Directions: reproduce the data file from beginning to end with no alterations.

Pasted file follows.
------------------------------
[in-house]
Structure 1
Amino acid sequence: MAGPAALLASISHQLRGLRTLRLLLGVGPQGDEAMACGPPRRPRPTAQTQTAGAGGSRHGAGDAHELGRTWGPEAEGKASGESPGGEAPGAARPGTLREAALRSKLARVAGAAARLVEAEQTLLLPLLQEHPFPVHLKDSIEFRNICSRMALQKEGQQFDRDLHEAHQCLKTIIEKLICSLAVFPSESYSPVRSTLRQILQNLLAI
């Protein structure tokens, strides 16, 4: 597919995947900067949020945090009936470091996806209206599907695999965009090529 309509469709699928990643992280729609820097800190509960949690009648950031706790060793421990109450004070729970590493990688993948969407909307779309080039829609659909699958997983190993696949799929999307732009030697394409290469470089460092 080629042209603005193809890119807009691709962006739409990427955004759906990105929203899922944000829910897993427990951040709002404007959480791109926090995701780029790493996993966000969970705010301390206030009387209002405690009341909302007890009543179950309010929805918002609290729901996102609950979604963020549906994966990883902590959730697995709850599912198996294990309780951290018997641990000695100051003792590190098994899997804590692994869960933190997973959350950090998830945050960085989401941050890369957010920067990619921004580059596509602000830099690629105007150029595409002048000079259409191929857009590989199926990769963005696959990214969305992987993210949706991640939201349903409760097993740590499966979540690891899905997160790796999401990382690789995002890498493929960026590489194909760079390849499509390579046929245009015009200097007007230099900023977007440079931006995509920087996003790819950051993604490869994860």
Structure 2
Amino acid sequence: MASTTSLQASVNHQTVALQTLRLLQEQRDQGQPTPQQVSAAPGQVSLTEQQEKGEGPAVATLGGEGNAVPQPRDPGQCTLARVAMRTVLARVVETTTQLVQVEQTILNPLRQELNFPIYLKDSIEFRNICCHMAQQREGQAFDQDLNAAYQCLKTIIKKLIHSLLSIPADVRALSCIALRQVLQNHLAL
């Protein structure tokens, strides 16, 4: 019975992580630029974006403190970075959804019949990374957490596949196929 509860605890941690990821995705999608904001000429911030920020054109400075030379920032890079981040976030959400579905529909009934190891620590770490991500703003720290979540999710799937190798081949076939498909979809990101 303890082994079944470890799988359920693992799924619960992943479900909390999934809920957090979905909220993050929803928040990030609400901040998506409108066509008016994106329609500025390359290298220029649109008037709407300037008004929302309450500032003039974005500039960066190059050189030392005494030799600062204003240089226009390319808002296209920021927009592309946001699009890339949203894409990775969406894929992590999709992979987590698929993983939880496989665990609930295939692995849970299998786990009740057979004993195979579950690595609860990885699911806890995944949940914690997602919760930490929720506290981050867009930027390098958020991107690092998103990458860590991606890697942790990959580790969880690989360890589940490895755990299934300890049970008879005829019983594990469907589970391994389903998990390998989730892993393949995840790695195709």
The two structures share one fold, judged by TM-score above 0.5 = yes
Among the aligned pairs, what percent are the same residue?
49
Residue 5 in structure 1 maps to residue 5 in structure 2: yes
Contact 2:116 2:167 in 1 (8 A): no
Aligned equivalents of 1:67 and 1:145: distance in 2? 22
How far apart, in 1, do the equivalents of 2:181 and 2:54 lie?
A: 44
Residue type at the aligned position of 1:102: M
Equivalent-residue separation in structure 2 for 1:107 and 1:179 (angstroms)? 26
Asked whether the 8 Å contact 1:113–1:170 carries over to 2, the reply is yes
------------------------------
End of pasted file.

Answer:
[in-house]
Structure 1
Amino acid sequence: MAGPAALLASISHQLRGLRTLRLLLGVGPQGDEAMACGPPRRPRPTAQTQTAGAGGSRHGAGDAHELGRTWGPEAEGKASGESPGGEAPGAARPGTLREAALRSKLARVAGAAARLVEAEQTLLLPLLQEHPFPVHLKDSIEFRNICSRMALQKEGQQFDRDLHEAHQCLKTIIEKLICSLAVFPSESYSPVRSTLRQILQNLLAI
């Protein structure tokens, strides 16, 4: 597919995947900067949020945090009936470091996806209206599907695999965009090529 309509469709699928990643992280729609820097800190509960949690009648950031706790060793421990109450004070729970590493990688993948969407909307779309080039829609659909699958997983190993696949799929999307732009030697394409290469470089460092 080629042209603005193809890119807009691709962006739409990427955004759906990105929203899922944000829910897993427990951040709002404007959480791109926090995701780029790493996993966000969970705010301390206030009387209002405690009341909302007890009543179950309010929805918002609290729901996102609950979604963020549906994966990883902590959730697995709850599912198996294990309780951290018997641990000695100051003792590190098994899997804590692994869960933190997973959350950090998830945050960085989401941050890369957010920067990619921004580059596509602000830099690629105007150029595409002048000079259409191929857009590989199926990769963005696959990214969305992987993210949706991640939201349903409760097993740590499966979540690891899905997160790796999401990382690789995002890498493929960026590489194909760079390849499509390579046929245009015009200097007007230099900023977007440079931006995509920087996003790819950051993604490869994860």
Structure 2
Amino acid sequence: MASTTSLQASVNHQTVALQTLRLLQEQRDQGQPTPQQVSAAPGQVSLTEQQEKGEGPAVATLGGEGNAVPQPRDPGQCTLARVAMRTVLARVVETTTQLVQVEQTILNPLRQELNFPIYLKDSIEFRNICCHMAQQREGQAFDQDLNAAYQCLKTIIKKLIHSLLSIPADVRALSCIALRQVLQNHLAL
């Protein structure tokens, strides 16, 4: 019975992580630029974006403190970075959804019949990374957490596949196929 509860605890941690990821995705999608904001000429911030920020054109400075030379920032890079981040976030959400579905529909009934190891620590770490991500703003720290979540999710799937190798081949076939498909979809990101 303890082994079944470890799988359920693992799924619960992943479900909390999934809920957090979905909220993050929803928040990030609400901040998506409108066509008016994106329609500025390359290298220029649109008037709407300037008004929302309450500032003039974005500039960066190059050189030392005494030799600062204003240089226009390319808002296209920021927009592309946001699009890339949203894409990775969406894929992590999709992979987590698929993983939880496989665990609930295939692995849970299998786990009740057979004993195979579950690595609860990885699911806890995944949940914690997602919760930490929720506290981050867009930027390098958020991107690092998103990458860590991606890697942790990959580790969880690989360890589940490895755990299934300890049970008879005829019983594990469907589970391994389903998990390998989730892993393949995840790695195709």
The two structures share one fold, judged by TM-score above 0.5 = yes
Among the aligned pairs, what percent are the same residue?
49
Residue 5 in structure 1 maps to residue 5 in structure 2: yes
Contact 2:116 2:167 in 1 (8 A): no
Aligned equivalents of 1:67 and 1:145: distance in 2? 22
How far apart, in 1, do the equivalents of 2:181 and 2:54 lie?
A: 44
Residue type at the aligned position of 1:102: M
Equivalent-residue separation in structure 2 for 1:107 and 1:179 (angstroms)? 26
Asked whether the 8 Å contact 1:113–1:170 carries over to 2, the reply is yes